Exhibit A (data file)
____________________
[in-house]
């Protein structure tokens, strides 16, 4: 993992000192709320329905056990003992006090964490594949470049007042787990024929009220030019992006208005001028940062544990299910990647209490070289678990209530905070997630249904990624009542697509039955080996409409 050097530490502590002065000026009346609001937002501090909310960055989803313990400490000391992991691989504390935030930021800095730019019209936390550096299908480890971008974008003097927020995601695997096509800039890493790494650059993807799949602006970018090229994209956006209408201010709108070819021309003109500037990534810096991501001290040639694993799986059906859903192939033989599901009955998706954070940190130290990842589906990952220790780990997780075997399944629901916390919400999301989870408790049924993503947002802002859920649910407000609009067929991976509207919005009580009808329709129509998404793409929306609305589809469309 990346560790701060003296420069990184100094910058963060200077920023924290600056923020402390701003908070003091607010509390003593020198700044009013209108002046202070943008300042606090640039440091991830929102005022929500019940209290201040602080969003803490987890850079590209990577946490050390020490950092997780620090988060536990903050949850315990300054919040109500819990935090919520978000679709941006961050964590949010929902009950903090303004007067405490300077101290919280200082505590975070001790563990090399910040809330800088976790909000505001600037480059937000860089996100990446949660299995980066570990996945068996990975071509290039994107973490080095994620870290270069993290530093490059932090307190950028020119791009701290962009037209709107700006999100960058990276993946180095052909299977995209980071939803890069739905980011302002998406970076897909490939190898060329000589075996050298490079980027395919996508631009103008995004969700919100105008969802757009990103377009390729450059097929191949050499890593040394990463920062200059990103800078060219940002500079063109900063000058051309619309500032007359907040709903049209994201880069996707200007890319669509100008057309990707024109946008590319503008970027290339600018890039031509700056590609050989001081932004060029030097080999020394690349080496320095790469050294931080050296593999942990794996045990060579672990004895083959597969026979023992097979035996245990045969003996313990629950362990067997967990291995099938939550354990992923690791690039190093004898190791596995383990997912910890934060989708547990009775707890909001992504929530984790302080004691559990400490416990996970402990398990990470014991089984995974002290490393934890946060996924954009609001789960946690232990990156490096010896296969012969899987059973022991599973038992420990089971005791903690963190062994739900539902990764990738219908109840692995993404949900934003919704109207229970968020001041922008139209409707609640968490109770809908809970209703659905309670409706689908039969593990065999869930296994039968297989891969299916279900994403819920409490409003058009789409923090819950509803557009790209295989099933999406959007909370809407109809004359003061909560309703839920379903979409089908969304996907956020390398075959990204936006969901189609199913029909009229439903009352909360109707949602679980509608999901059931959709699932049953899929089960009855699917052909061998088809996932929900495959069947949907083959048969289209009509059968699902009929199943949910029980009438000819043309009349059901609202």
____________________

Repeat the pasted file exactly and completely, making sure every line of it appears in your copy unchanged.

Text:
[in-house]
């Protein structure tokens, strides 16, 4: 993992000192709320329905056990003992006090964490594949470049007042787990024929009220030019992006208005001028940062544990299910990647209490070289678990209530905070997630249904990624009542697509039955080996409409 050097530490502590002065000026009346609001937002501090909310960055989803313990400490000391992991691989504390935030930021800095730019019209936390550096299908480890971008974008003097927020995601695997096509800039890493790494650059993807799949602006970018090229994209956006209408201010709108070819021309003109500037990534810096991501001290040639694993799986059906859903192939033989599901009955998706954070940190130290990842589906990952220790780990997780075997399944629901916390919400999301989870408790049924993503947002802002859920649910407000609009067929991976509207919005009580009808329709129509998404793409929306609305589809469309 990346560790701060003296420069990184100094910058963060200077920023924290600056923020402390701003908070003091607010509390003593020198700044009013209108002046202070943008300042606090640039440091991830929102005022929500019940209290201040602080969003803490987890850079590209990577946490050390020490950092997780620090988060536990903050949850315990300054919040109500819990935090919520978000679709941006961050964590949010929902009950903090303004007067405490300077101290919280200082505590975070001790563990090399910040809330800088976790909000505001600037480059937000860089996100990446949660299995980066570990996945068996990975071509290039994107973490080095994620870290270069993290530093490059932090307190950028020119791009701290962009037209709107700006999100960058990276993946180095052909299977995209980071939803890069739905980011302002998406970076897909490939190898060329000589075996050298490079980027395919996508631009103008995004969700919100105008969802757009990103377009390729450059097929191949050499890593040394990463920062200059990103800078060219940002500079063109900063000058051309619309500032007359907040709903049209994201880069996707200007890319669509100008057309990707024109946008590319503008970027290339600018890039031509700056590609050989001081932004060029030097080999020394690349080496320095790469050294931080050296593999942990794996045990060579672990004895083959597969026979023992097979035996245990045969003996313990629950362990067997967990291995099938939550354990992923690791690039190093004898190791596995383990997912910890934060989708547990009775707890909001992504929530984790302080004691559990400490416990996970402990398990990470014991089984995974002290490393934890946060996924954009609001789960946690232990990156490096010896296969012969899987059973022991599973038992420990089971005791903690963190062994739900539902990764990738219908109840692995993404949900934003919704109207229970968020001041922008139209409707609640968490109770809908809970209703659905309670409706689908039969593990065999869930296994039968297989891969299916279900994403819920409490409003058009789409923090819950509803557009790209295989099933999406959007909370809407109809004359003061909560309703839920379903979409089908969304996907956020390398075959990204936006969901189609199913029909009229439903009352909360109707949602679980509608999901059931959709699932049953899929089960009855699917052909061998088809996932929900495959069947949907083959048969289209009509059968699902009929199943949910029980009438000819043309009349059901609202």